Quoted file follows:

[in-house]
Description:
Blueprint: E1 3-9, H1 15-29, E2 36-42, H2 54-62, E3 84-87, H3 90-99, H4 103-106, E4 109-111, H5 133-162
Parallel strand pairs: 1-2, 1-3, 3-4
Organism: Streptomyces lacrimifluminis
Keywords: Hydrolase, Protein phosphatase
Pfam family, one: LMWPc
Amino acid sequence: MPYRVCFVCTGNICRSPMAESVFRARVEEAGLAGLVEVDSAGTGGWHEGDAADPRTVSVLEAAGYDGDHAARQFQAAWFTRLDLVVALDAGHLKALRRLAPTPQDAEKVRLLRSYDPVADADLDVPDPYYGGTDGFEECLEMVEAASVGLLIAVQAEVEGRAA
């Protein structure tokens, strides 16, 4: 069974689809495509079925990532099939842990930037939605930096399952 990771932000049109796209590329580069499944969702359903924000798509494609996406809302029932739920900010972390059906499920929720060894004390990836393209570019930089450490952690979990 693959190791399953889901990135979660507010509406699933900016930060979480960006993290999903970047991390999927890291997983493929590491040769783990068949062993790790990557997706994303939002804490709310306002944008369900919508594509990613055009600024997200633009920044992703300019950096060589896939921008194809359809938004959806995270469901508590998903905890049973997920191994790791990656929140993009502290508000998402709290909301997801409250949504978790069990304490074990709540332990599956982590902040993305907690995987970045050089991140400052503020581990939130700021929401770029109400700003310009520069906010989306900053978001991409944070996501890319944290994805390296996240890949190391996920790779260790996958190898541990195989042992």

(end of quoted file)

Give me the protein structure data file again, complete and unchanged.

[in-house]
Description:
Blueprint: E1 3-9, H1 15-29, E2 36-42, H2 54-62, E3 84-87, H3 90-99, H4 103-106, E4 109-111, H5 133-162
Parallel strand pairs: 1-2, 1-3, 3-4
Organism: Streptomyces lacrimifluminis
Keywords: Hydrolase, Protein phosphatase
Pfam family, one: LMWPc
Amino acid sequence: MPYRVCFVCTGNICRSPMAESVFRARVEEAGLAGLVEVDSAGTGGWHEGDAADPRTVSVLEAAGYDGDHAARQFQAAWFTRLDLVVALDAGHLKALRRLAPTPQDAEKVRLLRSYDPVADADLDVPDPYYGGTDGFEECLEMVEAASVGLLIAVQAEVEGRAA
């Protein structure tokens, strides 16, 4: 069974689809495509079925990532099939842990930037939605930096399952 990771932000049109796209590329580069499944969702359903924000798509494609996406809302029932739920900010972390059906499920929720060894004390990836393209570019930089450490952690979990 693959190791399953889901990135979660507010509406699933900016930060979480960006993290999903970047991390999927890291997983493929590491040769783990068949062993790790990557997706994303939002804490709310306002944008369900919508594509990613055009600024997200633009920044992703300019950096060589896939921008194809359809938004959806995270469901508590998903905890049973997920191994790791990656929140993009502290508000998402709290909301997801409250949504978790069990304490074990709540332990599956982590902040993305907690995987970045050089991140400052503020581990939130700021929401770029109400700003310009520069906010989306900053978001991409944070996501890319944290994805390296996240890949190391996920790779260790996958190898541990195989042992």